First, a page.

Other elements of infrastructure are also conspicuous by their absence. Enough hotel rooms to accommodate the millions of fans that would turn up for the 80 games, training facilities for the 48 teams, as well as new roads and train networks all would have to be built at an estimated cost of €14 billion ($16.5 billion).
However, if you listen to the committee behind the bid, it would all be worth it. All of the stadiums and other facilities would be located within a 550-kilometer (342 miles) radius of Casablanca. The stadiums would be designed to be taken down after the tournament, making it the most environmentally friendly World Cup in history.
This is the fifth time that Morocco has submitted a bid to host the World Cup, and this time it may be in with a chance.
This has nothing to do with the "bid evaluation report 2026 FIFA World Cup" submitted by the five-person FIFA Task Force. According to the report, Morocco's bid is one of the worst ever submitted, scoring just 247.9 of 500 possible points – compared to the 402.8 points for the North American bid.
The report says that the two bids represent "two almost opposite ends of the spectrum." In other words, rarely has one bid been so good and the other so bad.
So it would seem like a done deal – if it weren't for Donald Trump.
On April 27,the US president wrote that the joint US-Mexican-Canadian bid was a strong one, and questioned why Washington should support any country that doesn't support it in the FIFA vote.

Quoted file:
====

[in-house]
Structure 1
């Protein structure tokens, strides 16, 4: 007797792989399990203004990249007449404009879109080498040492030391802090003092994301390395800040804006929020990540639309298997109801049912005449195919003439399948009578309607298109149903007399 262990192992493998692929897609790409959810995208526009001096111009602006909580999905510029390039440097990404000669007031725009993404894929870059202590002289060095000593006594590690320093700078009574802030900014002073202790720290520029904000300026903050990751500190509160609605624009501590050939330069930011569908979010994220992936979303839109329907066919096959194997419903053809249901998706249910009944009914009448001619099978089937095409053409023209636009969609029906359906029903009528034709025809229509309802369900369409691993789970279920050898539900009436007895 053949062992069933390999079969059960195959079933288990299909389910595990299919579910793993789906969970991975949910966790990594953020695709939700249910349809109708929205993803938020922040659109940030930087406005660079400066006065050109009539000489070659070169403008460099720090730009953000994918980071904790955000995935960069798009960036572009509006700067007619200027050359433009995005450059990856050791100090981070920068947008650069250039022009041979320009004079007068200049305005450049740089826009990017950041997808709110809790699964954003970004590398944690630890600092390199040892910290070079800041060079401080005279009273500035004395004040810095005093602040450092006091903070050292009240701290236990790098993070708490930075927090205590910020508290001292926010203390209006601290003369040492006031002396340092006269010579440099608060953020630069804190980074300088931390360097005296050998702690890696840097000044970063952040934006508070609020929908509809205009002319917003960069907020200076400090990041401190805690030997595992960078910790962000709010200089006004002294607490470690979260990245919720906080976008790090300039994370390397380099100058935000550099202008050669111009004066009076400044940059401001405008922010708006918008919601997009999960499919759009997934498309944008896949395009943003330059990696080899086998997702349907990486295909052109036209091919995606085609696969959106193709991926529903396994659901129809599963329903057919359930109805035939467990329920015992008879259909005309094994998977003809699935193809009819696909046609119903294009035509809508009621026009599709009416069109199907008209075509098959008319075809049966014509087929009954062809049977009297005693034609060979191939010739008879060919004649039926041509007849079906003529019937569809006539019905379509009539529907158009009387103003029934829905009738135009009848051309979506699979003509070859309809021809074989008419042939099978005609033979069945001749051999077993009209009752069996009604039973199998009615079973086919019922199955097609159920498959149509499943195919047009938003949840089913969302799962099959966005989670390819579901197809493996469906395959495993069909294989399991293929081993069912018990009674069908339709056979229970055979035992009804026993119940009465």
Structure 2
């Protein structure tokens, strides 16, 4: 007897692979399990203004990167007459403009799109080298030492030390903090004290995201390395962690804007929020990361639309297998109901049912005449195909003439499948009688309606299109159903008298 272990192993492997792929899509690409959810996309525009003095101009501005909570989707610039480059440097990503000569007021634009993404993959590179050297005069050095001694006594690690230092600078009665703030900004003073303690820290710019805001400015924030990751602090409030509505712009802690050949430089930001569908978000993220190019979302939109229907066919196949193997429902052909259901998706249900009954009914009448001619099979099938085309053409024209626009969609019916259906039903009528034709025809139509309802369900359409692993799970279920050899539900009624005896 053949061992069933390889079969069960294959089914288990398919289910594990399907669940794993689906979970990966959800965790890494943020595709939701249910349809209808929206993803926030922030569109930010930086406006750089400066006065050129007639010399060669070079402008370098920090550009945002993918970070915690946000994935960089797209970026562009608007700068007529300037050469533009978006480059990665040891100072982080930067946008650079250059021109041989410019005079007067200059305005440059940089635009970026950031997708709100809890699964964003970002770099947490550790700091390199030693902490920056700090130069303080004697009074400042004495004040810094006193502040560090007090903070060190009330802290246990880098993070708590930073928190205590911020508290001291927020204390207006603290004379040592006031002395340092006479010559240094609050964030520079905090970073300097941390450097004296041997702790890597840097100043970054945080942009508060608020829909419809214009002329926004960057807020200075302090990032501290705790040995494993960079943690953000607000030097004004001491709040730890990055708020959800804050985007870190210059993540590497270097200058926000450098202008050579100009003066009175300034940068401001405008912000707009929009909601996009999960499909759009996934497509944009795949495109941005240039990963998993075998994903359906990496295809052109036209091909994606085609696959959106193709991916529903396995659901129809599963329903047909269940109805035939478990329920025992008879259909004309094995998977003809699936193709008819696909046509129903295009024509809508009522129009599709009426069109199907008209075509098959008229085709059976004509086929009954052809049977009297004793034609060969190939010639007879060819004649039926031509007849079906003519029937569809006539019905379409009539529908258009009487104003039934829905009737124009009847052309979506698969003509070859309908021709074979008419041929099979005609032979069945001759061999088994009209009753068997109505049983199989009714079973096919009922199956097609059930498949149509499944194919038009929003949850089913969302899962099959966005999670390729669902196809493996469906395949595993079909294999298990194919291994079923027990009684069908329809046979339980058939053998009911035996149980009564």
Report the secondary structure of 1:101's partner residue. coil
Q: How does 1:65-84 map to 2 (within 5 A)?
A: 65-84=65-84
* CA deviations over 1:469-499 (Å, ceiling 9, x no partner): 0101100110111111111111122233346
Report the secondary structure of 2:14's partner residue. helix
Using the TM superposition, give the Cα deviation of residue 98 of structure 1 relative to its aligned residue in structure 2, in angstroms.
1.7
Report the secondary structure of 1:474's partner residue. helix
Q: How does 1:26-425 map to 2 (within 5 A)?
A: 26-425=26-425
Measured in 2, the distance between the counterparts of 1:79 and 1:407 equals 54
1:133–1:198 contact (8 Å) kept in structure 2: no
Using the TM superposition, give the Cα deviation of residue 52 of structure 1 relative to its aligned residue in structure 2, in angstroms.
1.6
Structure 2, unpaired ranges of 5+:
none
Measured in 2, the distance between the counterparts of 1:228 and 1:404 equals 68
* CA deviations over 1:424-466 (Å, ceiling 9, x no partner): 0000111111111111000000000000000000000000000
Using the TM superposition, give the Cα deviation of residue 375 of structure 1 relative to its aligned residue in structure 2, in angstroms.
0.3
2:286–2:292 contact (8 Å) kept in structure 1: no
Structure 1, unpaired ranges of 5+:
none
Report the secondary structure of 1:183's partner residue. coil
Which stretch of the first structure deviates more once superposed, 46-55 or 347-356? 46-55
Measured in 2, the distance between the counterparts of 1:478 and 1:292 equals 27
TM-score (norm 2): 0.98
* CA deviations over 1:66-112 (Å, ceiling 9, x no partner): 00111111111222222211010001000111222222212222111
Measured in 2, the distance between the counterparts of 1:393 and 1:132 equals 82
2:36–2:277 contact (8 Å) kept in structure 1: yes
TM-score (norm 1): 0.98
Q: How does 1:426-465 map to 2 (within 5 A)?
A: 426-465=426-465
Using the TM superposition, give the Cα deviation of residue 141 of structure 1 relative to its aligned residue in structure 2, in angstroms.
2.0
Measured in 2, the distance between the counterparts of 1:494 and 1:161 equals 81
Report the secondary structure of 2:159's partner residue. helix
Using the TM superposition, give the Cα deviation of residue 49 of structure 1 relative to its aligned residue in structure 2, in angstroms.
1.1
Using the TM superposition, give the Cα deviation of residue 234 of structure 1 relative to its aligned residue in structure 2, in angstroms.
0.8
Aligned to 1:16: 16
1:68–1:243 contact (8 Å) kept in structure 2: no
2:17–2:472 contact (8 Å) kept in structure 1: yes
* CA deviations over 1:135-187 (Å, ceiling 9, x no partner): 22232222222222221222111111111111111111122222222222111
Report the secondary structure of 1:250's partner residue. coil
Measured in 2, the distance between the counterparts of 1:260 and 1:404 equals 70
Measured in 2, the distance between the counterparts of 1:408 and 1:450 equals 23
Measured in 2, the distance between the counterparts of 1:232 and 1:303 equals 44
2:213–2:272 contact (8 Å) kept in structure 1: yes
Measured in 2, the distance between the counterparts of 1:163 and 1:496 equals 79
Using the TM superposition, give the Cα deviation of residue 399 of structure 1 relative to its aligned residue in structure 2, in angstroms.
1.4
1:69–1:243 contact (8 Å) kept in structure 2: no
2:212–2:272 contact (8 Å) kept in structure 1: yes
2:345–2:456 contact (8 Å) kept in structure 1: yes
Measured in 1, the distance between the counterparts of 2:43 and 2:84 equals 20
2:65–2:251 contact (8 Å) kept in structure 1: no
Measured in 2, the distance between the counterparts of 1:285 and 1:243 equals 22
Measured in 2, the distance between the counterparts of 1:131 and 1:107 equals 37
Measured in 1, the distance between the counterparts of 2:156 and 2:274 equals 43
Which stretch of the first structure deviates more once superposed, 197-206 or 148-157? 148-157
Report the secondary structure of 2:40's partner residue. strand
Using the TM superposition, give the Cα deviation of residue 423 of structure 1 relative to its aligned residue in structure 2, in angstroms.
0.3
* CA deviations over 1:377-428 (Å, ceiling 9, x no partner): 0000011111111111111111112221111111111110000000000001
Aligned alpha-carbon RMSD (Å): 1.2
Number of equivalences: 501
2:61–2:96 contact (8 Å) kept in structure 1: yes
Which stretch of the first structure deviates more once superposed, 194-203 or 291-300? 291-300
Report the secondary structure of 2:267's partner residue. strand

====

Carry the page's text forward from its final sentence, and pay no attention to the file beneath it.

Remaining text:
Never before has a politician so openly tried to influence a vote in international sports. Now Wednesday's election will come down to votes for or against the United States and for and against Donald Trump.
Morocco's problem is that FIFA has said it will publish which bid each national football association voted for.
The question now is how many of these FAs see themselves as extensions of their governments and how many will cast their ballots against Trump. There is no way of knowing.
Seldom has the extent of political influence on a national FA been as clear as it has been in the case of Zimbabwe. Several days ago, the Zimbabwean FA released a statement saying that it had consulted its government and as a result, it would vote for the North American bid. In other words, for Donald Trump.
There is a lot at stake in this vote for FIFA President Gianni Infantino too as, with 16 more teams, this World Cup will be much more expensive than any of its predecessors.
The US bid, given the country's huge economy, as well as rich sponsors and broadcasters, would be a good fit. In its report, the FIFA Task Force writes that, if held in North America, the 2026 World Cup would generate an estimated $14.3 billion in revenue, compared to just $7.2 billion if it were to be held in Morocco.
And don't forget that one man more than any other is responsible for getting Infantino elected to the post. Sunil Gulati, the former president of US Soccer was the man who ensured that Infantino got enough votes to win the election at the extraordinary FIFA Congress in February 2016. The US bid winning the right to host the 2026 World Cup could be vital to Infantino's survival as FIFA president, particularly with a view to when he comes up for re-election next year.
The fact that a lot of Canadians must be wondering whether it was such a good idea to be part of a joint bid with the country of a man who has just described their prime minister as "dishonest and weak" may be beside the point – along with the fact that Trump wants to build a wall to keep out the Mexicans.Florian Bauer